Lady Tigers give up lead, lose to Lady Vols

Lady Tigers give up lead, lose to Lady Vols

It was the Pete Maravich Assembly Center late on a Thursday night in February, but it looked an awful lot like the Final Four in New Orleans in 2004 or the Final Four in Tampa, Fla., in 2008.

It was LSU, again, unable to hold off No. 12-ranked Tennessee in the closing seconds of a dramatic game, this time by a final score of 64-62.

“This one will be bitter,” said LSU coach Nikki Caldwell, herself a former Tennessee player and a Tennessee assistant in 2004. “We had a chance. We had the right people at the line, opportunities to put the ball inside, the right people taking shots. We take ownership of this loss.”

The question is will it prove to be a loss that takes LSU’s NCAA tournament hopes down with it.

The second straight home defeat against a ranked team — No. 14 Texas A&M pulled away from LSU 74-57 Monday night — dropped LSU to 13-10 overall and 4-6 in Southeastern Conference play.

The Lady Tigers must regroup to face No. 9 Georgia at 12:30 p.m. Sunday on ESPNU, a game that likely falls into the must-win category if LSU is to have a chance to go .500 in SEC play, considered a cornerstone of an NCAA tournament bid.

LSU looked as though it would pull out a crucial victory when Theresa Plaisance made a baseline jumper with 1:02 left for a 62-59 lead and Bianca Lutley went to the line for a one-and-one opportunity with 31.2 seconds left.

But Lutley missed and Bashaara Graves made a layup to cut Tennessee’s deficit to 62-61 with 15.7 seconds left. Plaisance was fouled with 13.2 left, but she also missed the front end of a one-and-one.

Lutley was forced to foul Cierra Burdick on a baseline jumper with 7.1 seconds left. Burdick made one of two to tie the score 62-62.

LSU tried to inbound with a chance to go down for a winning shot, but just like in a 50-50 tie in New Orleans nine years ago the Lady Tigers turned it over and Tennessee made it count. Graves took the ball from Lutley and after an inbound she made a game-winning layup with 0.8 seconds left that hung on the rim before falling through.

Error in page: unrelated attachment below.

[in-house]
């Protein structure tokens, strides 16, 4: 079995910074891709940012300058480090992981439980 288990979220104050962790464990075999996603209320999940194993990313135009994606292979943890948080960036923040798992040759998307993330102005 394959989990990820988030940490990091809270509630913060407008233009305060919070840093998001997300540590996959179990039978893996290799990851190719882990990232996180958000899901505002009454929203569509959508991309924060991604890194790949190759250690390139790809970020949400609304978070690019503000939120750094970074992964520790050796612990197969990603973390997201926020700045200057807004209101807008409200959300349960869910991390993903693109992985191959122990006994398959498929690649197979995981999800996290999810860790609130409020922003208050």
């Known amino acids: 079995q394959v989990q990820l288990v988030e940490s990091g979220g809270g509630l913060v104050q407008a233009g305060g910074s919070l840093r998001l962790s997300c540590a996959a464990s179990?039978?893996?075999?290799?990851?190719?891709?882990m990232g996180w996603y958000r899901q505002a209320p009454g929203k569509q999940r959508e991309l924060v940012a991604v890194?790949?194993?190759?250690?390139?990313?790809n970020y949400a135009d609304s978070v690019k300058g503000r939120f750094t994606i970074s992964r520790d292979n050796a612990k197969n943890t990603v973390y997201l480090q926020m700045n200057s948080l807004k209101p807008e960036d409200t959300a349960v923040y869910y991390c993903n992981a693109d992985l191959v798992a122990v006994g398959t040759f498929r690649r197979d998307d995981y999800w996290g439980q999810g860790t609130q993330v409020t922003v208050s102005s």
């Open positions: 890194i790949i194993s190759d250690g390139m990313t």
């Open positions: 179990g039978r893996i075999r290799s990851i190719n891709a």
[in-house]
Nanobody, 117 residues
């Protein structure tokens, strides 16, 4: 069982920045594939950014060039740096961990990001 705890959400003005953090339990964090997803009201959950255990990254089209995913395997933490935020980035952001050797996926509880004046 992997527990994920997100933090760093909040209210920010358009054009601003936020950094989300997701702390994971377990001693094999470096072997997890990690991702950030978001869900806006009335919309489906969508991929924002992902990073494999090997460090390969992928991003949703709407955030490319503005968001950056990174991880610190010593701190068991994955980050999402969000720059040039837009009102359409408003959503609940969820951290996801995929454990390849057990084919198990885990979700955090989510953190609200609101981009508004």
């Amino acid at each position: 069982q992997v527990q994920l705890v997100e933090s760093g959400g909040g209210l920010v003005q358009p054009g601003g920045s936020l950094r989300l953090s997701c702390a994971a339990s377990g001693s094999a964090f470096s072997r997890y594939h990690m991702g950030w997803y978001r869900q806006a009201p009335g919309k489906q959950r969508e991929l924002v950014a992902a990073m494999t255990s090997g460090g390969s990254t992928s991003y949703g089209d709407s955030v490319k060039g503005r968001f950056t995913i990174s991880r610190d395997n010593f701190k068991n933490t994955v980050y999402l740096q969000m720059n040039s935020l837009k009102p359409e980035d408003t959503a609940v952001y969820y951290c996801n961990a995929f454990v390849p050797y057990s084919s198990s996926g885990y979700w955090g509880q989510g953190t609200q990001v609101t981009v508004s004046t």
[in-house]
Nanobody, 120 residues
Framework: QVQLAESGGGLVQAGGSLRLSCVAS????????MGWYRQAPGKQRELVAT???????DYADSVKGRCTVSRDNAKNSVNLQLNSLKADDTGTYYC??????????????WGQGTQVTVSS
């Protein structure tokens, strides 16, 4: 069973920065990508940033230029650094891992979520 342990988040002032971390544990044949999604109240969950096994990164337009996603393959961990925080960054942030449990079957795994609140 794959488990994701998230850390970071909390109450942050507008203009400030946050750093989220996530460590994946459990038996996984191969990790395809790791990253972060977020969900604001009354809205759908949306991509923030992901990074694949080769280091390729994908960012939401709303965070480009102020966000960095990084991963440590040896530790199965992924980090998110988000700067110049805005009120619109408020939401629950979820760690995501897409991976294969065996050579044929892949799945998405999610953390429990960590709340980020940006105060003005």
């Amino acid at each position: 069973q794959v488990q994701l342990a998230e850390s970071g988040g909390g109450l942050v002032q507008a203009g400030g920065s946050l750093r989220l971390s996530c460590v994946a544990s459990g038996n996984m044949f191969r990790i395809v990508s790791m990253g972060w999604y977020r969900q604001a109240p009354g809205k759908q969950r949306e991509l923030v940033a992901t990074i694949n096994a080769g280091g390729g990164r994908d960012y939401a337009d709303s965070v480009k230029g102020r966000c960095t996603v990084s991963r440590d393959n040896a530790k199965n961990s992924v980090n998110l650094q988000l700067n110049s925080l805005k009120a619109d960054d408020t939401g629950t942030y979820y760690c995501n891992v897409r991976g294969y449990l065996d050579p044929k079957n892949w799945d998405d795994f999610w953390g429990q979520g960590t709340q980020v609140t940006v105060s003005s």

“We just never quit,” said Graves, who finished with 17 points. “I knew when we got the possession we would win.”

LSU had one last chance as Plaisance lobbed a long three-quarter court pass to Adrienne Webb, who was somehow wide open on the left wing.

But as if to add insult to injury, Webb’s 3-pointer came up just short. It clanged off the side of the rim as time expired and she fell to the court as the Lady Vols celebrated yet another escape act against the Lady Tigers.

“We would get up and they would get up,” Tennessee coach Holly Warlick said. “Both teams played hard. I’m sure it was a fun game to watch.”

Plaisance, the SEC’s leading scorer coming in with 17.9 points per game, led all scorers with 20. Lutley followed with 13 for LSU while Danielle Ballard had 10. Meighan Simmons had 18 points to lead the Lady Vols (18-5, 9-1), who took a half-game lead at the top of the SEC standings over idle Texas A&M (18-5, 8-1).

Just as it did against A&M, LSU fell behind 9-0 to start the game. That’s when Caldwell put in guard Jeanne Kenney, who didn’t start the game because of a sprained knee she suffered against the Aggies.

“I was going to put myself in somehow,” Kenney said.

Kenney, her left leg wrapped like it was going to be shipped overseas, had just four points, but added five assists and five rebounds along with taking a bone-crunching charge from Ariel Massengale to wipe out a second-half Tennessee basket.

“I think it was gutsy when she stands there in transition and there are people coming full speed at her and she stands and takes a charge,” Caldwell said. “She has just done that over and over for us.”

“Jeanne is our leader with her voice and her energy,” Plaisance said. “Her influence makes us want to do better.”

The coaching matchup was a clash of close friends in Caldwell and Warlick.

Afterward, Warlick admitted she felt a little like John and Jim Harbaugh’s parents watching their sons coach against each other in Sunday’s Super Bowl.

“I love her like a sister,” an emotional Warlick said. “I recruited her. I coached her. I got the opportunity to work with her. It’s a little difficult, but when we cross that line we compete. We compete in everything we do and afterward we are great friends. It was a little bittersweet.”

For LSU, it was just bitter.